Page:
Novel Strategies for Business Writing


—Bite-sized advice for better business writing—

October 30, 2019 

Novel Strategies for Business Writing

“Narrative imagining—story—is the fundamental instrument of thought. . . . It is our chief means of looking into the future, of predicting, of planning, and of explaining”

— Mark Turner, author of The Literary Mind

At a recent economic summit, the head of Australia’s central bank urged global economists to focus less on raw data and more on storytelling. Philip Lowe stated that stories help consumers understand trends in ways that numbers and coefficients simply cannot. If the right story can influence global markets, it can also enhance your own business interests . . . and your business communication. 

But how can you incorporate storytelling concepts into business writing, a genre that seems like a far cry from a Tolkien novel? Try some of these literary staples.


Good stories pull readers along with vivid verbs and active sentences. You can energize your business writing in much the same way. Turn passive sentences into active ones by asking “who or what is doing the action of the verb” and making your answer the new subject. Then replace dull verbs with vivid ones.

A new app feature was created by our creative team. (Passive sentence, dull verb)
Our creative team launched a new app feature. (Active sentence, vivid verb)


The most compelling moments in stories occur when characters face problems head-on. In a similar vein, you can create a compelling story by showing how your idea, product, or event solves a problem. Check out how the folks at Firebox use a problem-solution format to market their product:

Keeping warm is no mean feat when the merciless chills of winter start creeping in. You can clutch onto a smelly hot water bottle that’ll be cold in less than an hour, shuffle round in a pair of slippers, layer on a multitude of hats and scarves, or just give up and crawl back into bed.

Now a distinctly more toasty solution has popped up—the Toast Heated Pillow. Snuggle and squeeze this super-sized (and very smiley) slice, and he’ll keep you nice and cozy for up to 4 hours.


Depending on the situation, humor can add voice and interest to your writing. However, use discretion. Avoid humor altogether in formal writing situations and make sure your witty aside, dash of irony, or strategic self-deprecation passes the “Pixar” test. Ask yourself, “Would this joke be appropriate for a Pixar movie?” (Warning: “Dad jokes” often pass but may cause groans.)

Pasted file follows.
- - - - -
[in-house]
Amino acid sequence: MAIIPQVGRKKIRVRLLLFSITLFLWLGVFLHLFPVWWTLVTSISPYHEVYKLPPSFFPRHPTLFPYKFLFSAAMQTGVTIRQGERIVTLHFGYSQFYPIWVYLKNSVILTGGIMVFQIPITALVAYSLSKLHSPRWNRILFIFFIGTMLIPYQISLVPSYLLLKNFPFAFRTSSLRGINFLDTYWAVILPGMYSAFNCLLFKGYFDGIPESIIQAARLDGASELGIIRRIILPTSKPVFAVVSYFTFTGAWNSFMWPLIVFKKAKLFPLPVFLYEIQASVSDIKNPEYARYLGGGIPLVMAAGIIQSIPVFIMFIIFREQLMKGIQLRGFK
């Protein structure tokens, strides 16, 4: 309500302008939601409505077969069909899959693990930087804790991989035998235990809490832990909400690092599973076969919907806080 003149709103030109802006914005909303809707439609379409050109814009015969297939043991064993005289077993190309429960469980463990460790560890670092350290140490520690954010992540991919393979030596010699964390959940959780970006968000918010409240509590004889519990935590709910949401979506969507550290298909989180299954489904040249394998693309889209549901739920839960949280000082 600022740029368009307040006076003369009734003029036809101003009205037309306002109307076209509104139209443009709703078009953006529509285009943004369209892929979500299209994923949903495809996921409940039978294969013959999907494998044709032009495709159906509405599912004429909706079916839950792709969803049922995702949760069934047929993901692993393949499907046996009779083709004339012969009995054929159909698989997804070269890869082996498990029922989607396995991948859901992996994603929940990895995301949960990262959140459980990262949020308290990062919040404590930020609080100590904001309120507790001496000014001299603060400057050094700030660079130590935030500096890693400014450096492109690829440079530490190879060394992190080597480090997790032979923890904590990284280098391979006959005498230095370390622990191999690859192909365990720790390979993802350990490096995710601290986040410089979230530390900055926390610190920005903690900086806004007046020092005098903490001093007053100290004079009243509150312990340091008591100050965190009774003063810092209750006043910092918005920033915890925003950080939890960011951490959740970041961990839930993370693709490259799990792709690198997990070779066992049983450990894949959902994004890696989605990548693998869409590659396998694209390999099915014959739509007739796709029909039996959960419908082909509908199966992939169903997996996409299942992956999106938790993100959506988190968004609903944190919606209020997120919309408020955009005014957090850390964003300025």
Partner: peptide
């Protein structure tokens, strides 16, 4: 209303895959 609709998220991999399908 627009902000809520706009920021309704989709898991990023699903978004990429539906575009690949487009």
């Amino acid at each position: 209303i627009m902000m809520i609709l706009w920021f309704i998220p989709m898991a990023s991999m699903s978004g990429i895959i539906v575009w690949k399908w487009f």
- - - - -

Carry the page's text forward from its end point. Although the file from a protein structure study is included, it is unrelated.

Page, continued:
Anecdotes (like the one that began this eTip) are small stories that demonstrate a larger point. You can use anecdotes to connect abstract ideas, actions, or policies with individual people and experiences.

At 4:00 a.m., plant manager Bill Curtis lurched awake to answer his cell phone: "Intruder alert at the plant! Intruder alert at the plant!" Bill rushed to the plant and shut off the alarm, just minutes before the police arrived at the scene. Both parties discovered an employee error triggered the alarm.   

This marks the third employee-caused false alarm in the last two weeks. Let's make sure Bill and the police don't receive another unnecessary wake-up call. Please review the attached security and alarm instructions to keep our workplace safe and avoid further disruptions.


Engaging comparisons anchor unfamiliar (or unclear) ideas to something familiar. Check out how Malcolm Gladwell’s metaphor clarifies a leukemia treatment plan for a lay audience.

Their solution was to use multiple drugs simultaneously that worked in very different ways. . . . Methotrexate worked by disrupting folic acid uptake, which was crucial in the division of the cells; 6-MP shut down the synthesis of purine, which was also crucial in cell division. Putting the two together would be like hitting the cancer with a left hook and a right hook.


You can create a storytelling aesthetic by downshifting your writing voice from formal and stuffy to conversational and speech-like. A conversational voice makes writing more enjoyable to read and easier to understand. Marketers understand this and routinely use casual, speech-like writing in advertisements and publicity material. But a conversational voice extends beyond the marketing realm. The federal government requires its employees to use plain language in official government documents. You can, too, with simple, effective wording and a friendly "we" voice. 

Formal: The goal of Boniface Sanitation is serving the Tallahassee community. As indicated in the attached client list, Boniface contracts with 300 companies for waste removal.

Conversational: Our goal is to serve you well. As Tallahassee’s leading waste collector, Boniface works with more than 300 organizations like yours.


Try It Out!

Find an uninspiring piece of workplace writing—yours or someone else’s. Make it more engaging by incorporating one or more storytelling strategies.


Get More Support

Check out the Write for Business Guide and past eTips for more ways to generate interest in your writing.